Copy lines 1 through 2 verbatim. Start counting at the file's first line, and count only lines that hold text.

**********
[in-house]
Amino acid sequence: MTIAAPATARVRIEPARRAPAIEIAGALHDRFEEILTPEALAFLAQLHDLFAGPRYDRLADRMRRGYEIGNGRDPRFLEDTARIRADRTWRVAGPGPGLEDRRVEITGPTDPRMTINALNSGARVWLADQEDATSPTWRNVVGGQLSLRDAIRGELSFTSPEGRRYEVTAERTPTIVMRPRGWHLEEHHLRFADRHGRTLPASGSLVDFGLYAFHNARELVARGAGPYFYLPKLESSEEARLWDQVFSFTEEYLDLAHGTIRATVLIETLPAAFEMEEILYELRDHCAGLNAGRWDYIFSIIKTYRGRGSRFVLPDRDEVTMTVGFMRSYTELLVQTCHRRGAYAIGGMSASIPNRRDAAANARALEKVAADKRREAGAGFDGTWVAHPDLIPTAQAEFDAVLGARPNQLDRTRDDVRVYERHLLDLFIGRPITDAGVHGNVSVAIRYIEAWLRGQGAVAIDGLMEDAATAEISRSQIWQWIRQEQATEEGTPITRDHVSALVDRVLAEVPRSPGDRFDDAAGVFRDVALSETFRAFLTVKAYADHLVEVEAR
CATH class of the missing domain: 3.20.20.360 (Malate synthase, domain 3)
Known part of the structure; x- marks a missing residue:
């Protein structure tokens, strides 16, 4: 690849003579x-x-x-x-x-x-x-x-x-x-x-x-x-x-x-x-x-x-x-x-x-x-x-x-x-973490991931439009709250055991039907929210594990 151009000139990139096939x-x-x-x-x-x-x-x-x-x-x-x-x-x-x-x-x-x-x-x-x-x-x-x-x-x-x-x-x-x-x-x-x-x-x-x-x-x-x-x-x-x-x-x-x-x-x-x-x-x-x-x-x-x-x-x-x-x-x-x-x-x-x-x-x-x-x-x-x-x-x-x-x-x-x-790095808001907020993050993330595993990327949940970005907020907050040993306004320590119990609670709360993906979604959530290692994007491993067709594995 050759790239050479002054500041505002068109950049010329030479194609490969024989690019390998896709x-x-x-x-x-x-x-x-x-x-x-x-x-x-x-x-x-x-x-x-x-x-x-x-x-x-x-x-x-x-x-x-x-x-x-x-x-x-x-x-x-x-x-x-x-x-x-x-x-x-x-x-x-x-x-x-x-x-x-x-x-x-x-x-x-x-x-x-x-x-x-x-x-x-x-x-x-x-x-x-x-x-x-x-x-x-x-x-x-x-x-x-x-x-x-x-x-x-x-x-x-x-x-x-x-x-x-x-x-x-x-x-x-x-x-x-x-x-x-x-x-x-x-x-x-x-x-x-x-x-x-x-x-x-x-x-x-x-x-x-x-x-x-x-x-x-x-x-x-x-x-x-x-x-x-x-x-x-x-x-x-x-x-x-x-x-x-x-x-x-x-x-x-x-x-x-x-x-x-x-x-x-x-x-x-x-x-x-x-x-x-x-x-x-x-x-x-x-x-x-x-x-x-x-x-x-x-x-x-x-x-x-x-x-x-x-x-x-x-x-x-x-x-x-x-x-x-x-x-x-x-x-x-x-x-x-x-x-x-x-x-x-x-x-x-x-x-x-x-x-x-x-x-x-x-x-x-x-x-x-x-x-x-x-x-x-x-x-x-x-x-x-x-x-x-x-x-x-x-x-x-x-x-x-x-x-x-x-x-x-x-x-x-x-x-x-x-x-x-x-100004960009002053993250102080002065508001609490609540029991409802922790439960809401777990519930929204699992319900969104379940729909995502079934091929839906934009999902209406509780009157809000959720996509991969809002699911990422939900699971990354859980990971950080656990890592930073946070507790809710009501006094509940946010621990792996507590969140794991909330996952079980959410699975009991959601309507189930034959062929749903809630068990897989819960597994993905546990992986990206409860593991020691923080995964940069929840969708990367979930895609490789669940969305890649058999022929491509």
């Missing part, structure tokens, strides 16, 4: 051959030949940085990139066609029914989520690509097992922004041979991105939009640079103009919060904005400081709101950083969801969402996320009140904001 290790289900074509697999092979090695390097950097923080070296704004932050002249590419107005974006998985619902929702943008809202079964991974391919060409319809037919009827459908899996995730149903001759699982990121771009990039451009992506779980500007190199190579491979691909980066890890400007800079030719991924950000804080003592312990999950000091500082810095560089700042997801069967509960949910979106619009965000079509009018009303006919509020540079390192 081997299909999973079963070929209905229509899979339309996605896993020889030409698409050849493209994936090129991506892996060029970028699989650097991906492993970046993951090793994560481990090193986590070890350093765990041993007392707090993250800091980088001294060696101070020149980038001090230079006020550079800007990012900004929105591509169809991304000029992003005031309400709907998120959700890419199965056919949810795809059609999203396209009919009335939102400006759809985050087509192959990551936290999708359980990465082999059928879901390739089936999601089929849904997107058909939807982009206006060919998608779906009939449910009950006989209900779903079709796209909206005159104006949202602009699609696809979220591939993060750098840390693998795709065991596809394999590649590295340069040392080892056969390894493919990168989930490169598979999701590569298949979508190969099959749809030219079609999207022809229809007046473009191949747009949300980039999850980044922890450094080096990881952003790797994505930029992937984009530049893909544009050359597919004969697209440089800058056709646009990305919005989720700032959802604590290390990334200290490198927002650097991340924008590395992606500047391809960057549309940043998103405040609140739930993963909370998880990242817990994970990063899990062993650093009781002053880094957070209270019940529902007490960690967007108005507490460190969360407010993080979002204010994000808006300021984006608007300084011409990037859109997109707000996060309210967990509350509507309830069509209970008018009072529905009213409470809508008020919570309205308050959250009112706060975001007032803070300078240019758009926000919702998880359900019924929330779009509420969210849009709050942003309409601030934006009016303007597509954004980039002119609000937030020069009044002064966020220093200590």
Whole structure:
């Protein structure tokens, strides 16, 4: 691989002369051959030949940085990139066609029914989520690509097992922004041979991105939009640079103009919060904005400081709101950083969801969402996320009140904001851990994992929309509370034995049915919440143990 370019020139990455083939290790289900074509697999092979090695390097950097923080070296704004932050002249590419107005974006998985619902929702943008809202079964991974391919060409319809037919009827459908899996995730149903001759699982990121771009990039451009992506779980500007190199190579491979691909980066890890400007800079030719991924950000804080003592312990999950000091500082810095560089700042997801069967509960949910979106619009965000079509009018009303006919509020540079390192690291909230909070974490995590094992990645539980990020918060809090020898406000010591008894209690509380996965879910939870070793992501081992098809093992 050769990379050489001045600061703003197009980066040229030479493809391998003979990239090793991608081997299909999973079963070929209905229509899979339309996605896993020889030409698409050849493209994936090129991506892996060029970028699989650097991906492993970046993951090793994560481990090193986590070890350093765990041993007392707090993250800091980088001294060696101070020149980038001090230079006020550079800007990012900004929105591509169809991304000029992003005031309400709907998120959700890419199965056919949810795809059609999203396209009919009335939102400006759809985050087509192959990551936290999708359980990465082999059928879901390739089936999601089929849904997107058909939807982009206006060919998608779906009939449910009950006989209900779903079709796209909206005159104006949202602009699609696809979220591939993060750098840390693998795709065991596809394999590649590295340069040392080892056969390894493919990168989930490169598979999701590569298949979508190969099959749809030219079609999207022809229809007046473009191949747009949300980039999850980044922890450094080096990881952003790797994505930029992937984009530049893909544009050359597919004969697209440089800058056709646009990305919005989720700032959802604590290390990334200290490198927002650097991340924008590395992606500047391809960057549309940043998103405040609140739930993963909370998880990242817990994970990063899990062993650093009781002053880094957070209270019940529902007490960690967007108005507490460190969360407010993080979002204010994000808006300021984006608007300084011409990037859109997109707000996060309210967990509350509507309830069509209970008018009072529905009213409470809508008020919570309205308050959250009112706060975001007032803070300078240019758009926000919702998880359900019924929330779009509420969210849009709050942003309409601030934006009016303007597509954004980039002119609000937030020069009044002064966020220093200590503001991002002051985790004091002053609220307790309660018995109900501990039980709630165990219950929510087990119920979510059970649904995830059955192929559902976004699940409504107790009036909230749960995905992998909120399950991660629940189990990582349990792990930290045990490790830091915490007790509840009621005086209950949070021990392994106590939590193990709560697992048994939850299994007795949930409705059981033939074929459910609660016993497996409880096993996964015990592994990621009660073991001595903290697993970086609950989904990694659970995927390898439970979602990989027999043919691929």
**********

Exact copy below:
[in-house]
Amino acid sequence: MTIAAPATARVRIEPARRAPAIEIAGALHDRFEEILTPEALAFLAQLHDLFAGPRYDRLADRMRRGYEIGNGRDPRFLEDTARIRADRTWRVAGPGPGLEDRRVEITGPTDPRMTINALNSGARVWLADQEDATSPTWRNVVGGQLSLRDAIRGELSFTSPEGRRYEVTAERTPTIVMRPRGWHLEEHHLRFADRHGRTLPASGSLVDFGLYAFHNARELVARGAGPYFYLPKLESSEEARLWDQVFSFTEEYLDLAHGTIRATVLIETLPAAFEMEEILYELRDHCAGLNAGRWDYIFSIIKTYRGRGSRFVLPDRDEVTMTVGFMRSYTELLVQTCHRRGAYAIGGMSASIPNRRDAAANARALEKVAADKRREAGAGFDGTWVAHPDLIPTAQAEFDAVLGARPNQLDRTRDDVRVYERHLLDLFIGRPITDAGVHGNVSVAIRYIEAWLRGQGAVAIDGLMEDAATAEISRSQIWQWIRQEQATEEGTPITRDHVSALVDRVLAEVPRSPGDRFDDAAGVFRDVALSETFRAFLTVKAYADHLVEVEAR